As a parent of two toddlers I have been reminded that there is no rule without an exception. Those who have gone live with a MDM project are also reminded of the same. No matter how much time is spent on creating the rules, there will always be exceptions.
One thing that separates those who manage to create true long term data governance from those who only succeeds with a foundation that diminishes with time is how exceptions are looked upon and treated.
Exceptions are either treated as something that should not occur or as possibilities to evolve and refine the rules and processes. By exploiting the exceptions and actively deal with them it is also possible to get a better general understanding of why, for example a data governance board is needed.
Exceptions turn either into monsters or are ignored. The monster grows as the email chain gets larger moving upwards and outwards in the corporate organization. The alternative is that it is ignored and left unattended at someone’s desk until it has turned into a real fire and all of a sudden needs urgent attention.
That is why it is so important to capture the exceptions as early as possible so as not to use any resources in vain or to ignore exceptions that need attention.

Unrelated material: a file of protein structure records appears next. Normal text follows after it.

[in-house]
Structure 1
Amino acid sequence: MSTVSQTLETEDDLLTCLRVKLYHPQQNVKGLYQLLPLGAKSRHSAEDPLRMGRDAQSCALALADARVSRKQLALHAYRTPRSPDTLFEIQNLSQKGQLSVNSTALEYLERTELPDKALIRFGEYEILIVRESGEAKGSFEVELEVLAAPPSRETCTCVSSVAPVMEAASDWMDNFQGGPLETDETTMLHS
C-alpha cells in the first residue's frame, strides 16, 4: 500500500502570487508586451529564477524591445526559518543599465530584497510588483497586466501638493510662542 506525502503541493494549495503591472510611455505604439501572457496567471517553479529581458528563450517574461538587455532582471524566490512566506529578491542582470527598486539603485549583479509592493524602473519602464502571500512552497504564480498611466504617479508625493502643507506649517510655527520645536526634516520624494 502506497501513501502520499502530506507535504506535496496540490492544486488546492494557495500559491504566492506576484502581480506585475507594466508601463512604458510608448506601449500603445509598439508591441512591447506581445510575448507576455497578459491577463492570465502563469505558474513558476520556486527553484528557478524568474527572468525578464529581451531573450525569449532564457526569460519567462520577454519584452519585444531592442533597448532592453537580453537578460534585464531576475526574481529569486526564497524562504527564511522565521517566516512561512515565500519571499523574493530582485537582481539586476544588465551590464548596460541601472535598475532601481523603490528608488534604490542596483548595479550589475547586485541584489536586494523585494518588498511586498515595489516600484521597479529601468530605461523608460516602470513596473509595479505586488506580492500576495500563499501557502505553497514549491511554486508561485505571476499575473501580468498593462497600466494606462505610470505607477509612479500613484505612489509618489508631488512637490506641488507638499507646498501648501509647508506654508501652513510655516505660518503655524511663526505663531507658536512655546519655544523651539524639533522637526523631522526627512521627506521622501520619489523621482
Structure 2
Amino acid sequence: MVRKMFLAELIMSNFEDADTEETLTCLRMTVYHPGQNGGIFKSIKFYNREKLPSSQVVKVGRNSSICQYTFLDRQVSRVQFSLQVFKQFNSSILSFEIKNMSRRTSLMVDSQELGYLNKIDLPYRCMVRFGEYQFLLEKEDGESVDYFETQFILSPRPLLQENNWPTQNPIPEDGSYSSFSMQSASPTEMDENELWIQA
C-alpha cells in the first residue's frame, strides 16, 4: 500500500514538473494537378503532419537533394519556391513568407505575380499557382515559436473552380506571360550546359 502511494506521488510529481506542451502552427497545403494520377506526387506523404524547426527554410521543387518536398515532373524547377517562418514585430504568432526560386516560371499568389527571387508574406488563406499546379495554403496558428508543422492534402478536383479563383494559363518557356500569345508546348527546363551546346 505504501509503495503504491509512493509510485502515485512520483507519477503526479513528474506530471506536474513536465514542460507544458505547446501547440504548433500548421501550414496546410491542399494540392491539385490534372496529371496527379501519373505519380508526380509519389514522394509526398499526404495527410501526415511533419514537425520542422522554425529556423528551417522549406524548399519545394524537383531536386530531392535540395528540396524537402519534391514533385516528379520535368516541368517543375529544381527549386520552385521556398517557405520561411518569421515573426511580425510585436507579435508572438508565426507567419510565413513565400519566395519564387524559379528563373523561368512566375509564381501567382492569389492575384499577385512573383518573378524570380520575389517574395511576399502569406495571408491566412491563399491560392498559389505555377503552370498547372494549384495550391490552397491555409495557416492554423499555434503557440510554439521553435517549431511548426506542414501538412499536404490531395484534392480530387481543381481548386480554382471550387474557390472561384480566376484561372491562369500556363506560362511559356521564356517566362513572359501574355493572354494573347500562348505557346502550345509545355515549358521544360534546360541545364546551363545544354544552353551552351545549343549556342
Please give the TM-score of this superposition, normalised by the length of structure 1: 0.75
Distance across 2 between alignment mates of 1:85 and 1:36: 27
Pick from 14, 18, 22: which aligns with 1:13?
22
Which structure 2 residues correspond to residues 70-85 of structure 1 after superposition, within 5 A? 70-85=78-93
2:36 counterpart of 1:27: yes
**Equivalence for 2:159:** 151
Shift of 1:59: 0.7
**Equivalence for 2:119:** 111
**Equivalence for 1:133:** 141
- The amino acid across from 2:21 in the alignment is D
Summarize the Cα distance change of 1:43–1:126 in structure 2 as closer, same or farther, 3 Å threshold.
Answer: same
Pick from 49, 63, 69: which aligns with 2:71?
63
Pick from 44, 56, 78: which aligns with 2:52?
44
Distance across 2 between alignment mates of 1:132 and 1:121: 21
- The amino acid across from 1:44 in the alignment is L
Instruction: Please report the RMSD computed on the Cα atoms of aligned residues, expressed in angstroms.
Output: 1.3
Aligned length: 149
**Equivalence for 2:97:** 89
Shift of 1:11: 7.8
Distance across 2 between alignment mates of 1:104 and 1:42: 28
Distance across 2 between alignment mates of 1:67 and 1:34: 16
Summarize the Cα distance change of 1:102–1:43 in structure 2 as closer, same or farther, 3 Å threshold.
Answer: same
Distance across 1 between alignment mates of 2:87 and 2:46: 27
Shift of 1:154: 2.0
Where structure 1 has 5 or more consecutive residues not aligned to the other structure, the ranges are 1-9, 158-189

Once the exception has been captured it is time to deal with it in a structured way, i.e. a process. You can either have a dedicated exception process or perhaps it is possible to send it into your data governance process where you handle for example, structural changes to you data model.
Whatever the approach the process needs to be effective (as always). For example, the right person doing the right things at the right time. An exception can be small or big. A small exception only affects a small subset of the data, few business units, few processes and few IT applications. A big exception has impact on a big subset of the data, several business units, several IT applications, and/or several processes or cross functional processes.
Prioritization and classification should be done early in the process. The classification should determine the correct decision group and assignment of the correct resources. It is of course much easier to get the right attention from the decision makers if the decisions are on their level and affects their business units.
Once you have dealt with the exception you have a golden opportunity to create and maintain a knowledge base of how the master data is used and how to handle specific exceptions. If maintained you will get a natural main source of information where everyone can find information about the master data.
If you are in the beginning of, or have not yet start your Data governance journey you have not only the possibility to cover exception handling from the start but also to use it as a starting point.
Use your current exceptions when you are building your business case. Use an imaginary exception handling process to identify the members of the data governance board. Use minimal resources when you are creating your rules. Focus instead of creating processes that supports evolution of the rules and thus building a solid foundation for long term data governance.